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PLoS One. 2014 Apr 16;9(4):e91841. doi: 10.1371/journal.pone.0091841. eCollection 2014.

Large-scale assessment of Mediterranean marine protected areas effects on fish assemblages.

Author information

1
Université de Nice Sophia-Antipolis, Faculté des Sciences, EA 4228 ECOMERS, Nice, France; CoNISMa, Rome, Italy.
2
Université de Nice Sophia-Antipolis, Faculté des Sciences, EA 4228 ECOMERS, Nice, France.
3
Centre d'Estudis Avançats de Blanes, CEAB-CSIC, Accés Cala Sant Francesc, Blanes, Spain.
4
Department of Ecology, University of Barcelona, Barcelona, Spain.
5
Hopkins Marine Station, Stanford University, Pacific Grove, California, United States of America.
6
Laboratorio di Acquacoltura e Gestione delle Risorse Acquatiche, Sezione di Scienze Zootecniche, Dipartimento di Agraria, Università di Sassari, Italy.
7
Marine Protected Area of Tavolara-Punta Coda Cavallo, Olbia, Italy.
8
Union of Concerned Scientists, Cambridge, Massachusetts, United States of America.
9
Centre d'Estudis Avançats de Blanes, CEAB-CSIC, Accés Cala Sant Francesc, Blanes, Spain; National Geographic Society, Washington, D. C., United States of America.

Abstract

Marine protected areas (MPAs) were acknowledged globally as effective tools to mitigate the threats to oceans caused by fishing. Several studies assessed the effectiveness of individual MPAs in protecting fish assemblages, but regional assessments of multiple MPAs are scarce. Moreover, empirical evidence on the role of MPAs in contrasting the propagation of non-indigenous-species (NIS) and thermophilic species (ThS) is missing. We simultaneously investigated here the role of MPAs in reversing the effects of overfishing and in limiting the spread of NIS and ThS. The Mediterranean Sea was selected as study area as it is a region where 1) MPAs are numerous, 2) fishing has affected species and ecosystems, and 3) the arrival of NIS and the northward expansion of ThS took place. Fish surveys were done in well-enforced no-take MPAs (HP), partially-protected MPAs (IP) and fished areas (F) at 30 locations across the Mediterranean. Significantly higher fish biomass was found in HP compared to IP MPAs and F. Along a recovery trajectory from F to HP MPAs, IP were similar to F, showing that just well enforced MPAs triggers an effective recovery. Within HP MPAs, trophic structure of fish assemblages resembled a top-heavy biomass pyramid. Although the functional structure of fish assemblages was consistent among HP MPAs, species driving the recovery in HP MPAs differed among locations: this suggests that the recovery trajectories in HP MPAs are likely to be functionally similar (i.e., represented by predictable changes in trophic groups, especially fish predators), but the specific composition of the resulting assemblages may depend on local conditions. Our study did not show any effect of MPAs on NIS and ThS. These results may help provide more robust expectations, at proper regional scale, about the effects of new MPAs that may be established in the Mediterranean Sea and other ecoregions worldwide.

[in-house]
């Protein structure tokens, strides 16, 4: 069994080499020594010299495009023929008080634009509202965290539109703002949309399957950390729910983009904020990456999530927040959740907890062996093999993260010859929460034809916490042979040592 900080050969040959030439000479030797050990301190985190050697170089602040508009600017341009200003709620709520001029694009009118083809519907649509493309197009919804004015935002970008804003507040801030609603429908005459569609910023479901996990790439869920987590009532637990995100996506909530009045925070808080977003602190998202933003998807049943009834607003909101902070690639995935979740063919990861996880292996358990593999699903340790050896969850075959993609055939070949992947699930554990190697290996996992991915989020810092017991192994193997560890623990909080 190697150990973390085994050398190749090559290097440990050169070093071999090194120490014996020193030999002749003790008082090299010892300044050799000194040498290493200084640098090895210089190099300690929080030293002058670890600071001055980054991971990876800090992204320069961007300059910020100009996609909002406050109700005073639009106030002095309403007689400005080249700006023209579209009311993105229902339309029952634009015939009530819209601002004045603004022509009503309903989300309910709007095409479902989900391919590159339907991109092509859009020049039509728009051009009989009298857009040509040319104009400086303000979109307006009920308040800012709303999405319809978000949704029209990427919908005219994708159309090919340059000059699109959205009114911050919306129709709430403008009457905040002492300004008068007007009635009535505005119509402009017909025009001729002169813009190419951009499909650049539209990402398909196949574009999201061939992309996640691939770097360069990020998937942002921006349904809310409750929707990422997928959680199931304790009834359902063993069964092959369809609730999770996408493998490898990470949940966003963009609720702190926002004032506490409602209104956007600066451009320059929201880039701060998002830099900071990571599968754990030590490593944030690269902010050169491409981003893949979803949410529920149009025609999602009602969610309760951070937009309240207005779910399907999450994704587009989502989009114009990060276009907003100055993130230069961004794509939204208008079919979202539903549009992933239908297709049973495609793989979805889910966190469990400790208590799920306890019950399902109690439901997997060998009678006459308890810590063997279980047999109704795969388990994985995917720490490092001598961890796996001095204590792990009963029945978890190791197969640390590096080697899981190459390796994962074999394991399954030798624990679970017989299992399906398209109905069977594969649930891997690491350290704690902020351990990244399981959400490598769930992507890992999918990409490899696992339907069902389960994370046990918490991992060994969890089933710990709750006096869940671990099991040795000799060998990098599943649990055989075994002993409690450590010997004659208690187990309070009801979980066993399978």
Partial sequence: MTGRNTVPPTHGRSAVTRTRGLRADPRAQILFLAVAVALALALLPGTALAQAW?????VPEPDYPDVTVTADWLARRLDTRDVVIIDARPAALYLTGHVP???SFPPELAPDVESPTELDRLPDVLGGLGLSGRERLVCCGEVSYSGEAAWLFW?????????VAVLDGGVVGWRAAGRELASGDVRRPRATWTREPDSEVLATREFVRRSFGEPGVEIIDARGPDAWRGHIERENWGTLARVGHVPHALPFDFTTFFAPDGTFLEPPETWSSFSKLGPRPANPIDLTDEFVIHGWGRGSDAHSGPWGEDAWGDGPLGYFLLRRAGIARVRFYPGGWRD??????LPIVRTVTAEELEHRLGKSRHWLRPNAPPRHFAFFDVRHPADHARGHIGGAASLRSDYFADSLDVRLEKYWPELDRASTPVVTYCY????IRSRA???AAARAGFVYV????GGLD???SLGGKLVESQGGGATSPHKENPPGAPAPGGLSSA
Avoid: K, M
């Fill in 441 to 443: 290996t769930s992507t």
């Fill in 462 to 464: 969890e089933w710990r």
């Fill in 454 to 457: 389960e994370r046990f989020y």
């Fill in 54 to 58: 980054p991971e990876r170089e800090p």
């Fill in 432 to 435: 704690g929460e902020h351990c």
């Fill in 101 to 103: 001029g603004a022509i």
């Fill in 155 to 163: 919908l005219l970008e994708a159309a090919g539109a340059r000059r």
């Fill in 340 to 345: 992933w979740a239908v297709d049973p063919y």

PMID:
24740479
PMCID:
PMC3989174
DOI:
10.1371/journal.pone.0091841
[Indexed for MEDLINE]
Free PMC Article

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